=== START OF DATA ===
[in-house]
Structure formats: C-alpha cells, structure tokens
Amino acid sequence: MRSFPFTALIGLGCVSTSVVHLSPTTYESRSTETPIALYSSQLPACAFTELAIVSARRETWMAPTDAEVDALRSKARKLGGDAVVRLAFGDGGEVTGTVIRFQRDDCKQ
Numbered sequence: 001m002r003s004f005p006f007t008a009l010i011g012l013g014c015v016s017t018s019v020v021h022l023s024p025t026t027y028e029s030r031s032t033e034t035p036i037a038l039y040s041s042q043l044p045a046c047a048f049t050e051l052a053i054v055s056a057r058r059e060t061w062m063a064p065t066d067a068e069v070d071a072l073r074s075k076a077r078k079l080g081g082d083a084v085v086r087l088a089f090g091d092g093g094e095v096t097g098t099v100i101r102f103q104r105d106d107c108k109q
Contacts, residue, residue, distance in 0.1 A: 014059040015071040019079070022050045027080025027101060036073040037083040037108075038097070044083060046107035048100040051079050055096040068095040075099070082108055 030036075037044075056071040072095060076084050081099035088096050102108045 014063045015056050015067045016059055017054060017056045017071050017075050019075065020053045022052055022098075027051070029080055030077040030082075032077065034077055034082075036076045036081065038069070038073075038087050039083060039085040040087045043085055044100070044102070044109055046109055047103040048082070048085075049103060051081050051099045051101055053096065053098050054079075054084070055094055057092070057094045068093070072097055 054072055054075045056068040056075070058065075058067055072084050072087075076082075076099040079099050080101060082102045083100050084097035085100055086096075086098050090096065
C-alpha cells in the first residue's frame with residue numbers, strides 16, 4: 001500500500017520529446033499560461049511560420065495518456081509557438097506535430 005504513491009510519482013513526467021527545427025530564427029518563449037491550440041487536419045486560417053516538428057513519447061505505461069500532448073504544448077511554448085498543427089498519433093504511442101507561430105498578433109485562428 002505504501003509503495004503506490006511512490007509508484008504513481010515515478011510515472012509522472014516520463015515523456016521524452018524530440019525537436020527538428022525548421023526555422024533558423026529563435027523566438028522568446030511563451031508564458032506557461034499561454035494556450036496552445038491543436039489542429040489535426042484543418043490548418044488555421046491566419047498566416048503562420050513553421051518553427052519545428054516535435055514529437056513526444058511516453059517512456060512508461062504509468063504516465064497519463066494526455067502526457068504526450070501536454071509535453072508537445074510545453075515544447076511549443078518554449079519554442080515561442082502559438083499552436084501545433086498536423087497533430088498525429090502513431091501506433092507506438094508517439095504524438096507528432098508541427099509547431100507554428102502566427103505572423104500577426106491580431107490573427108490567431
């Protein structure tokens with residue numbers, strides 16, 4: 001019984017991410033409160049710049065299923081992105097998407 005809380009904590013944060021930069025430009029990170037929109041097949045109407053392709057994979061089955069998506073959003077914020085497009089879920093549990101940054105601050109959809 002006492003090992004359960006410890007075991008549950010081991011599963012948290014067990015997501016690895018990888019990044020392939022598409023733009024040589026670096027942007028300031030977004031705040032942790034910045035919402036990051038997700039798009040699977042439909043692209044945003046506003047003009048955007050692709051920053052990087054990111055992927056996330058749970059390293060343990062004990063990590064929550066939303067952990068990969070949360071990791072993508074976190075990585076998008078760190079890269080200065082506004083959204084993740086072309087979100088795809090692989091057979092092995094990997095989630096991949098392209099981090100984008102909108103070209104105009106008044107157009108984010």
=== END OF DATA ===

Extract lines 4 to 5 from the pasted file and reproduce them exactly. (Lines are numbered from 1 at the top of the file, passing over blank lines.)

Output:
Numbered sequence: 001m002r003s004f005p006f007t008a009l010i011g012l013g014c015v016s017t018s019v020v021h022l023s024p025t026t027y028e029s030r031s032t033e034t035p036i037a038l039y040s041s042q043l044p045a046c047a048f049t050e051l052a053i054v055s056a057r058r059e060t061w062m063a064p065t066d067a068e069v070d071a072l073r074s075k076a077r078k079l080g081g082d083a084v085v086r087l088a089f090g091d092g093g094e095v096t097g098t099v100i101r102f103q104r105d106d107c108k109q
Contacts, residue, residue, distance in 0.1 A: 014059040015071040019079070022050045027080025027101060036073040037083040037108075038097070044083060046107035048100040051079050055096040068095040075099070082108055 030036075037044075056071040072095060076084050081099035088096050102108045 014063045015056050015067045016059055017054060017056045017071050017075050019075065020053045022052055022098075027051070029080055030077040030082075032077065034077055034082075036076045036081065038069070038073075038087050039083060039085040040087045043085055044100070044102070044109055046109055047103040048082070048085075049103060051081050051099045051101055053096065053098050054079075054084070055094055057092070057094045068093070072097055 054072055054075045056068040056075070058065075058067055072084050072087075076082075076099040079099050080101060082102045083100050084097035085100055086096075086098050090096065